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Ch'ü Yu's Chien-Teng Hsin-Hua: the literary tale in transition

Author: Coy Leon Harmon
Publisher: 1985.
Dissertation: Ph. D. - Oriental Studies University of Arizona 1985
Edition/Format:   Thesis/dissertation : Thesis/dissertation : eBook   Computer File : EnglishView all editions and formats
Summary:
The literary tale or ch'uan-ch'i, "transmission of the strange," evolved from the short fictional writings of the Six Dynasties and early T'ang periods and found full form as a short story in the classical language during the latter T'ang dynasty.
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Details

Genre/Form: Criticism, interpretation, etc
Named Person: You Qu
Material Type: Thesis/dissertation, Internet resource
Document Type: Internet Resource, Computer File
All Authors / Contributors: Coy Leon Harmon
OCLC Number: 693612775
Reproduction Notes: Electronic Reproduction.
Description: vi, 218 leaves ; 28 cm
Responsibility: by Coy Leon Harmon.

Abstract:

The literary tale or ch'uan-ch'i, "transmission of the strange," evolved from the short fictional writings of the Six Dynasties and early T'ang periods and found full form as a short story in the classical language during the latter T'ang dynasty.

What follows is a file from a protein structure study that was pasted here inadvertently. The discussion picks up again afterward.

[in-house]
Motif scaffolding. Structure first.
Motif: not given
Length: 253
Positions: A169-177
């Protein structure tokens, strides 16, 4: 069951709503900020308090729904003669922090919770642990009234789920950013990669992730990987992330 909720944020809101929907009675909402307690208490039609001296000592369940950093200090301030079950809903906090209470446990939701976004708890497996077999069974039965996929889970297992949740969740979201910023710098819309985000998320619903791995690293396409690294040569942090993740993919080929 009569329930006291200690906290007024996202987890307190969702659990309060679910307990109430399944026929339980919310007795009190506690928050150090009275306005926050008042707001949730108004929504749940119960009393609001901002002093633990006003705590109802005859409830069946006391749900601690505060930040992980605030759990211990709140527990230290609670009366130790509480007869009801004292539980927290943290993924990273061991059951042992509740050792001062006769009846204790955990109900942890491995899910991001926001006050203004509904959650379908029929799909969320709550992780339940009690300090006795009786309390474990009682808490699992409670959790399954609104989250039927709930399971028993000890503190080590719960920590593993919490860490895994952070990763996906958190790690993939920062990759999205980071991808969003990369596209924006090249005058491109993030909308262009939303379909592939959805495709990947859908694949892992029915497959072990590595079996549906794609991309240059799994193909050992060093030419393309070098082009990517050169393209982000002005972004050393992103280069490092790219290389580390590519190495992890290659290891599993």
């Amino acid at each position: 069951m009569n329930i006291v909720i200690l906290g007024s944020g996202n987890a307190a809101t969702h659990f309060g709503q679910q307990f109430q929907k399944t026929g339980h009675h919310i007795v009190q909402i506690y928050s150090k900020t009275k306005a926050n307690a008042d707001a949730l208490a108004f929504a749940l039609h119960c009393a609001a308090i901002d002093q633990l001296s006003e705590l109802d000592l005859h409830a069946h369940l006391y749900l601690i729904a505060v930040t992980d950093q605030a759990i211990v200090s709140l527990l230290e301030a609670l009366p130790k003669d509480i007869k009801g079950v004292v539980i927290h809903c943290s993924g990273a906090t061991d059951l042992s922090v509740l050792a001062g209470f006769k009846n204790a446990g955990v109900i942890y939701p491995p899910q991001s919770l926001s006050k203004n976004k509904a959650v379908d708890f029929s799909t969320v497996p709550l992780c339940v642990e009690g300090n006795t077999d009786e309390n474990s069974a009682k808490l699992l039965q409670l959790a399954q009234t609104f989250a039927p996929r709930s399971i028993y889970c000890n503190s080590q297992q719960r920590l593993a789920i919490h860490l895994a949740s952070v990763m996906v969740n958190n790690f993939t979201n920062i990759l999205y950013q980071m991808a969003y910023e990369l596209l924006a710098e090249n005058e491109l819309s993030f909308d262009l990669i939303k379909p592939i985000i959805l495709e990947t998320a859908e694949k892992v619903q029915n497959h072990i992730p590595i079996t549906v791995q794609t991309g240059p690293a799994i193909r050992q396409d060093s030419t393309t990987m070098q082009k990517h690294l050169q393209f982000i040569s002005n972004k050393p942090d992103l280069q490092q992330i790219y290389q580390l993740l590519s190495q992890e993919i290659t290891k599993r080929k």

Ch'uan-ch'i flourished through the Sung dynasty but fell into a period of relative inactivity during the Yuan dynasty. With the founding of the Ming in 1368 came renewed interest in the literary tale with the appearance of Ch'u Yu's collection of ch'uan-ch'i known as Chien-teng hsin-hua. Ch'u's tales became so popular that they soon inspired poet-official Li Ch'ang-ch'i to write the collection Chien-teng yu-hua in imitation of Ch'u's style. The two collections remained popular and influential through much of the Ming dynasty.

The influence of both Ch'u Yu and Li Ch'ang-ch'i spread to Korea and Japan where many of their tales were rewritten and adapted to local settings. It was from Japanese editions of the Chien-teng hsin-hua that Ch'u Yu's contributions to the ch'uan-ch'i genre were rediscovered in this century.

On comparison with earlier T'ang models, Ch'u Yu's tales show considerable similarity in style; however, the best of his tales show advancement in characterization, a broader range of subject matter, settings as varied as the tales themselves, and a level of society generally far removed from the scholar-official class commonly depicted in T'ang tales. It is in Ch'u Yu's thematic tales or tales of retribution that can be found the combination of elements that clearly illustrates his contributions to the ch'uan-ch'i genre.

A reading of representative tales from both T'ang dynasty collec- tions and the large collection of literary tales by P'u Sung-ling in the Ch'ing dynasty illustrates the degree and nature of change in the literary tale over the centuries. The appearance of Ch'u Yu's Chien-teng hsin-hua in the early Ming dynasty not only revived interest in the genre but also contributed to the development of one of the most enduring forms of fiction in the history of China.

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